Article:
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Tuesday

<July 17, 2018>

Blessed are the meek, for they shall inherit the earth.3

Daily Devotional: Angels/Apostles Gift of the Holy Spirit: Piety—the gift of filial love for God that moves the soul to worship and protects against the hardening of one’s heart in the midst of trials. Proclamation of Faith: “I believe in the Holy Spirit.” The Blessed Mother: In imitation of the Blessed Mother, may we take comfort in the Invisible Reality. There is no division between heaven and earth. All of heaven is available to us if we but ask. Jesus: Jesus was gentle with the woman caught in adultery. May we imitate His gentleness in dealing with others.
Glorious Characteristic: Identity—we will retain our original identity. We will be essentially the same person as before we died. (John 20:11-16) Spiritual Work of Mercy: Admonish sinners Corporal Work of Mercy: Welcome those away from home (the Church). Shelter the homeless. Sacrament: Communion Commandment:
  1. You shall not kill.
Thought for the Day: St. Augustine: “You have made us for yourself, O Lord; our hearts are restless until they rest in Thee.”

Today’s Reading

Feast Day of St. Charbel

St Charbel was a Catholic priest in the Monastery of St. Maroun at Annaya, Lebanon. During his lifetime he was most notable for his remarkable devotion to the Holy Eucharist and his preference for saying daily Mass at 11:00 a.m., so he could spend almost all the morning in preparation for the Mass, and the rest of the day in thanksgiving afterwards. After 23 years of daily sacrifice in such a meager existence, in 1898 he suffered a seizure while saying Mass, and a priest assisting at the Holy Sacrifice was forced to pry the Holy Eucharist from his grasp. The holy monk died eight days later on Christmas Eve at the age of seventy. He was buried very simply in the monastery cemetery where so many saintly monks before him had been buried. According to monastic custom, the body, which was not embalmed, was dressed in the full habit of the Order and was placed into the ground without a coffin.
On the day of the exhumation, his grave was opened in the presence of the superiors of the Order, the monks of the monastery, and many villagers, the body was miraculously found in perfect condition to the amazement of everyone, even though, as the result of frequent rains which had inundated the cemetery several times since the burial, the body was found floating on mud in a flooded grave. Given that St Charbel was buried in the ground without a casket and in very wet conditions, such circumstances certainly should have expedited decompostition.
Additionally, a remarkable phenomenon accompanied this exhumation; from the pores of the body there exuded a liquid described as perspiration and blood, which had the distinct odor of blood. As a result of this transpiration, the blood-stained clothing upon his person was changed twice a week. Small pieces of this cloth soaked in this mysterious fluid are distributed as relics and these have been said to effect cures.
Among the men of medicine who examined the body was Dr. Elias Elonaissi who declared on November 16, 1921:
“I observed that the pores emitted a matter like sweat; a strange and inexplicable thing according to the laws of nature, for this body that has been dead for so many years. I have renewed the same examination many times, at different periods; the phenomenon has always been the same.”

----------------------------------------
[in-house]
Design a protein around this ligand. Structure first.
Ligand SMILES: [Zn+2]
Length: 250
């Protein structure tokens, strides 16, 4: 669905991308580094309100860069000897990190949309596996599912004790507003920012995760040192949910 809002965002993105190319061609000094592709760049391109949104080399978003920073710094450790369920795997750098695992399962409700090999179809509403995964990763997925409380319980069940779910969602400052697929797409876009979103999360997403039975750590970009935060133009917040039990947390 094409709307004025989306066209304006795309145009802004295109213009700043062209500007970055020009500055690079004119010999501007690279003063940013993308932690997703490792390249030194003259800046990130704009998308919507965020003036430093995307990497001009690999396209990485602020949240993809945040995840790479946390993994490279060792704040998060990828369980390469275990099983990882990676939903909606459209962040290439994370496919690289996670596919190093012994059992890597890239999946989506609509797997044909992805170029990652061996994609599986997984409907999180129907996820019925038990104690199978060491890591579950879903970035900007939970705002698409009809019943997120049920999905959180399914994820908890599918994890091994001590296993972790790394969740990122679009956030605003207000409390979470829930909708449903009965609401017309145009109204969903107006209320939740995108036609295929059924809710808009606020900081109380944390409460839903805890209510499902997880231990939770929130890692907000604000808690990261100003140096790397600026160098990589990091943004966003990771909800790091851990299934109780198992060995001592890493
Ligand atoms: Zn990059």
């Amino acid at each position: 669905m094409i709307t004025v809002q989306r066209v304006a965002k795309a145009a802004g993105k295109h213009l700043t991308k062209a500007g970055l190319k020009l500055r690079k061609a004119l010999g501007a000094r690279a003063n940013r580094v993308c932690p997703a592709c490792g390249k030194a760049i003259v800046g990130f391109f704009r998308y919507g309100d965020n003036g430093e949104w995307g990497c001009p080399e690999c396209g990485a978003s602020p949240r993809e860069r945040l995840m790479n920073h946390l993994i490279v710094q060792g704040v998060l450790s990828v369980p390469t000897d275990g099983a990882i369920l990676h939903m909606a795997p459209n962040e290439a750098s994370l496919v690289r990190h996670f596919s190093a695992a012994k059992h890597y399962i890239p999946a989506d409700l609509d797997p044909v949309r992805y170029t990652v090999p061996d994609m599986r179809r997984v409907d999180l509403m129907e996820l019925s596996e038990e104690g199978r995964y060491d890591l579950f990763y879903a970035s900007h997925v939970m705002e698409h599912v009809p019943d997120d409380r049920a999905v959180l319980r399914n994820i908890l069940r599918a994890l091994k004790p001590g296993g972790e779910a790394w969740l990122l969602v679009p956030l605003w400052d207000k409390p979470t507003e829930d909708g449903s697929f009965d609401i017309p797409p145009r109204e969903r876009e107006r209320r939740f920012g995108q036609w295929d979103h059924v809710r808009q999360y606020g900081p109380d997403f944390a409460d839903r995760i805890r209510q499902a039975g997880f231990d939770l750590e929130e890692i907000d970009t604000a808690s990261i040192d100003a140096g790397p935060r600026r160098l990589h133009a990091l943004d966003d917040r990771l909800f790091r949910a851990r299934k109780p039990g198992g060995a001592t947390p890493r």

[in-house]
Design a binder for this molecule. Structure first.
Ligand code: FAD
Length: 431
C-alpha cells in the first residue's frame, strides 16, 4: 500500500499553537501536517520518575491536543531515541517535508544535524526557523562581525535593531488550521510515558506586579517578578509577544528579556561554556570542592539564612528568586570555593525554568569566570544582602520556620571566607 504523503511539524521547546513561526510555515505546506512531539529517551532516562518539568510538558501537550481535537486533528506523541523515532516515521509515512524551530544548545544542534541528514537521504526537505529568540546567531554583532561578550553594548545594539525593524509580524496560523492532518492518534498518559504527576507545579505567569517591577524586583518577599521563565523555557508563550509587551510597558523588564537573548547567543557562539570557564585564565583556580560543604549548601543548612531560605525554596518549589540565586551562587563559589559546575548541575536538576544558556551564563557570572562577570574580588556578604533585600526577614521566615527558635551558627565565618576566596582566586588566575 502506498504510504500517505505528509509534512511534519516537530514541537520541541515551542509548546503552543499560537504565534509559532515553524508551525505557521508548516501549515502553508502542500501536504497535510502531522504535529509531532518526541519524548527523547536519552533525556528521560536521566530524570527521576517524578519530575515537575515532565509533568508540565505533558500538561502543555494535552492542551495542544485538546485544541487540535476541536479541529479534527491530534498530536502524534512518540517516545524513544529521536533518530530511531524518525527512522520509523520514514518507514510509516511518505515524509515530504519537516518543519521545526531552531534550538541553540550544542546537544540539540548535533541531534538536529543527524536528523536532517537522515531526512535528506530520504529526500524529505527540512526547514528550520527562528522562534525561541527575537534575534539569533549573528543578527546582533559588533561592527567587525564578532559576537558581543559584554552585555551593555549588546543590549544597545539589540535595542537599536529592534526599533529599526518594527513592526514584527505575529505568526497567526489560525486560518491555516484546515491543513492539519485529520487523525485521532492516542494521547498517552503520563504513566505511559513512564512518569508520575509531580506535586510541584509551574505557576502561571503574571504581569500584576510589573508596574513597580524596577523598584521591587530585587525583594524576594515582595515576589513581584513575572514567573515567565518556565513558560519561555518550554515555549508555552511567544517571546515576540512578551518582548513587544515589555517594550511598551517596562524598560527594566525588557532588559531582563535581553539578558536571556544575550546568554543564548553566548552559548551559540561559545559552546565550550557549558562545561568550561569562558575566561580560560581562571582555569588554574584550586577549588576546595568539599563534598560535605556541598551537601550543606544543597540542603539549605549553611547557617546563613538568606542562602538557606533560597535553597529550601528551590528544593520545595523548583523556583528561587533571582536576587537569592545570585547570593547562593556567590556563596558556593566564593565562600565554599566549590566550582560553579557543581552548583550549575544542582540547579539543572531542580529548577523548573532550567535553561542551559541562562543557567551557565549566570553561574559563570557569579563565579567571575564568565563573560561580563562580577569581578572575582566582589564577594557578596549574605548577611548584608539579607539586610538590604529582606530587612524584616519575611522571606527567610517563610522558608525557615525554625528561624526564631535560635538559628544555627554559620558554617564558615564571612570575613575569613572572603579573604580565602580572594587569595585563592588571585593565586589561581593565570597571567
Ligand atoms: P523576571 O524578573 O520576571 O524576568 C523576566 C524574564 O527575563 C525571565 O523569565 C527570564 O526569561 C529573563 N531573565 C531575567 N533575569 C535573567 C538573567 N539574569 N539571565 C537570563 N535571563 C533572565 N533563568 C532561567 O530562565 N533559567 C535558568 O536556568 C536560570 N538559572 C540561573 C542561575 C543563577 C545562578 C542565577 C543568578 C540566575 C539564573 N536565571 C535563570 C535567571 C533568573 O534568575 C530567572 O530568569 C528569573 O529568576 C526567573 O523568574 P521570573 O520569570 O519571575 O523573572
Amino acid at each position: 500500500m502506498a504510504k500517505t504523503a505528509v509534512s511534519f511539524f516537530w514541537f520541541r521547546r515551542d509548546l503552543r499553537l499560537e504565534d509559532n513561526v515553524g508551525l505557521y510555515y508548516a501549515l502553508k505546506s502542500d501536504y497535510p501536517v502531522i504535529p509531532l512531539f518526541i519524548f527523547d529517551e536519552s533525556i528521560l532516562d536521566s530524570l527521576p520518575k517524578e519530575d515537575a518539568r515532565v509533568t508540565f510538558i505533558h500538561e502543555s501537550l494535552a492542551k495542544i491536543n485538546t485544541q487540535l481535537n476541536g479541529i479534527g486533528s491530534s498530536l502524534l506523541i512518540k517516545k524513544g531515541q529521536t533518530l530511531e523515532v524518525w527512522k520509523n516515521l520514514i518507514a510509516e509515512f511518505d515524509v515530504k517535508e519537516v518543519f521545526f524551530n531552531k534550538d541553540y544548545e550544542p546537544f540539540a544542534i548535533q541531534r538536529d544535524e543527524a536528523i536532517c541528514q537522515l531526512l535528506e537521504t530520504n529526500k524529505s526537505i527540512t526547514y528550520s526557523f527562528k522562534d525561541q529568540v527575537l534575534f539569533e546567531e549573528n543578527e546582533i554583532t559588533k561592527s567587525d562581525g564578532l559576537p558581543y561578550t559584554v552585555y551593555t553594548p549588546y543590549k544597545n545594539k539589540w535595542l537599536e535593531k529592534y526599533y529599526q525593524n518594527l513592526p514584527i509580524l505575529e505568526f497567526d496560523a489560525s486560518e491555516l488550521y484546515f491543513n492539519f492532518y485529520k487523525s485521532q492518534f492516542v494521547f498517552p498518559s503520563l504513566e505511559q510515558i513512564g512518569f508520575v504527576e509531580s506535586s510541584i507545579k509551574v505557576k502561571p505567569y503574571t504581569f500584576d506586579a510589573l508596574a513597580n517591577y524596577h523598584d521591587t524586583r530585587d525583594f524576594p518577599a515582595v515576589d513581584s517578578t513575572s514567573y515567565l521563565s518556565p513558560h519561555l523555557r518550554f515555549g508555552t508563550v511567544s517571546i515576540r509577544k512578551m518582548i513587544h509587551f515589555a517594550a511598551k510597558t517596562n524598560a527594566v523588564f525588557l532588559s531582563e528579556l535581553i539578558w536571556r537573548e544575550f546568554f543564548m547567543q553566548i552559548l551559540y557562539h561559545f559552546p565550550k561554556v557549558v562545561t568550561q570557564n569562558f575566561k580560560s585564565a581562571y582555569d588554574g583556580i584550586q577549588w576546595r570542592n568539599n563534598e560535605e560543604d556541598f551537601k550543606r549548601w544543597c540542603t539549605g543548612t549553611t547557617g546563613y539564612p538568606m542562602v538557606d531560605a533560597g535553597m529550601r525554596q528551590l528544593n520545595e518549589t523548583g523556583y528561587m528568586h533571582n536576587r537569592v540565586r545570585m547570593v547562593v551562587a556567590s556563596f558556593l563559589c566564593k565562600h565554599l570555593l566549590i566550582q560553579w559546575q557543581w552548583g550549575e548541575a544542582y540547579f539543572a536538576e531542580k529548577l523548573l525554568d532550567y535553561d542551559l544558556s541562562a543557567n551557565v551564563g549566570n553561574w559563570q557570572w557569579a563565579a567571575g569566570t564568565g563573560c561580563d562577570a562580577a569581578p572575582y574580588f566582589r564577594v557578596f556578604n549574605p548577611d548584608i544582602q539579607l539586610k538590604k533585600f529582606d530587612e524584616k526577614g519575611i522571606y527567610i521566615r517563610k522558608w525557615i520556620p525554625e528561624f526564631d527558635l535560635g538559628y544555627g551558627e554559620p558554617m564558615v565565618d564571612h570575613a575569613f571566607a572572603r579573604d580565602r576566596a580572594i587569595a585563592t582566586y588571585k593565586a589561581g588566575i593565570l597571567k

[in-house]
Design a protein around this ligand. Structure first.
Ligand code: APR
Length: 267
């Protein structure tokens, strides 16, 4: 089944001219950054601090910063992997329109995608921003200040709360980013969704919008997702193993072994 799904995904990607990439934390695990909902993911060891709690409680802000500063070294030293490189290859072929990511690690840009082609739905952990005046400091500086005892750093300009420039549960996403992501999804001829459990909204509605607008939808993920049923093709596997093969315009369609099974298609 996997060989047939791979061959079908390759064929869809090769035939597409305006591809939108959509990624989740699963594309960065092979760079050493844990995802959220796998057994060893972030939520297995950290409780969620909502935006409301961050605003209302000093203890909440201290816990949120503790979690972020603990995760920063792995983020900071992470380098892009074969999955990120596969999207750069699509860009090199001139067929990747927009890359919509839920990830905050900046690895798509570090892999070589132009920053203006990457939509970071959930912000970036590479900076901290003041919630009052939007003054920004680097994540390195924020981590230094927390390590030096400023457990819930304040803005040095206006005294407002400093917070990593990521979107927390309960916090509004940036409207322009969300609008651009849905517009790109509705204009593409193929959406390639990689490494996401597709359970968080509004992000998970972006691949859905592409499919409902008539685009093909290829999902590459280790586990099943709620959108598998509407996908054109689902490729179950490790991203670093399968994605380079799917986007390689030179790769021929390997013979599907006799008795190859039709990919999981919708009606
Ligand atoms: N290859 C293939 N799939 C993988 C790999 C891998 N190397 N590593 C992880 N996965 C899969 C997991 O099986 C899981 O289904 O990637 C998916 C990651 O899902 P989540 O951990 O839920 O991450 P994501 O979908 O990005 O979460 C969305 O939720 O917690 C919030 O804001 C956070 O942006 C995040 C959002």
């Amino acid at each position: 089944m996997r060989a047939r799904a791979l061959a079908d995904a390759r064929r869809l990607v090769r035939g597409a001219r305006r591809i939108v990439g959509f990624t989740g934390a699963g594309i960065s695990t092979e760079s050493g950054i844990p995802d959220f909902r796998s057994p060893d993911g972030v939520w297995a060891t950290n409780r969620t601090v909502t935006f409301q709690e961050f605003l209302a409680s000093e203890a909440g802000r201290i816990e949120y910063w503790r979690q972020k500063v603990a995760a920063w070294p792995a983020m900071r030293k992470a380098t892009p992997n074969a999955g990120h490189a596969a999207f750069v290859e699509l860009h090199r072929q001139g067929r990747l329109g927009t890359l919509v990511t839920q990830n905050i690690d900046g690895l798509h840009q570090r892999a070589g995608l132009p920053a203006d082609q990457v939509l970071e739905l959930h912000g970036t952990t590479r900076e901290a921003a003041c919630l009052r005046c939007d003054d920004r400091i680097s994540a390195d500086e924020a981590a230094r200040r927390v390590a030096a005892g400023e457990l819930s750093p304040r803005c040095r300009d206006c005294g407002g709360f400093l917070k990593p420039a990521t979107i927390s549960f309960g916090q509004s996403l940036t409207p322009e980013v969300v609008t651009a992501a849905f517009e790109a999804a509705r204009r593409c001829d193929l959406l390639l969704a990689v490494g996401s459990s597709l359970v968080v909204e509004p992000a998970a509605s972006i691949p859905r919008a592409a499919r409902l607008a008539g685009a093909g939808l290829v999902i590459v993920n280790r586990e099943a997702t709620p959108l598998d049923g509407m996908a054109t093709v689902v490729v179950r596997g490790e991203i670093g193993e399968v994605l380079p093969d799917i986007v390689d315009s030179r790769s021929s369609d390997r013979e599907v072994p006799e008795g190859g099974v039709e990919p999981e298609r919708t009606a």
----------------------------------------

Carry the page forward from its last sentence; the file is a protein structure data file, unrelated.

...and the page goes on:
Another physician, Dr. George Choukrallah, examined the body a total of 24 times during 17 years and declared:
“I have always been astonished at its state of preservation and espe¬¨cially this reddish liquid exuded by it. .. My personal opinion based on study and experience, is that this body is preserved by a supernatural power.”
For 67 years in modern times, the body of Saint Charbel remained perfectly preserved, the case itself was thoroughly documented and examined by medical professionals and described by all accounts as being supernaturally sustained during this 67 year period. For reasons known only to Himself, God chose not to continue the miracle, and at the time of the beatification in 1965, the body was found to have finally complied with the laws of nature. Today, only his bones remain, and these are of a red color, and the discharge of the fluid has ceased.
St. Charbel, pray for us.

https://sharecatholic.com/blog/st-charbel-feast-day-july-17

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We could find no better way to describe the purpose of Daily Beatitude than the Prologue of the Catechism of the Catholic Church, Paragraph 1:

God, infinitely perfect and blessed in himself, in a plan of sheer goodness freely created man to make him share in his own blessed life. For this reason, at every time and in every place, God draws close to man. He calls man to seek him, to know him, to love him with all his strength. He calls together all men, scattered and divided by sin, into the unity of his family, the Church. To accomplish this, when the fullness of time had come, God sent his Son as Redeemer and Savior. In his Son and through him, he invites men to become, in the Holy Spirit, his adopted children and thus heirs of his blessed life.

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We are called to live in beatitude. This contemplation is one designed to help us incorporate the beatitudes into our day. This work is not one of absolutes. It is just one way to incorporate the countenance of Jesus into each day. It is not the only way. View our rationale.

Each day a different beatitude is presented with several points of focus that provide meditation. An additional reading is included daily related to the beatitude or one of the points of focus. All readings are archived for your convenience.

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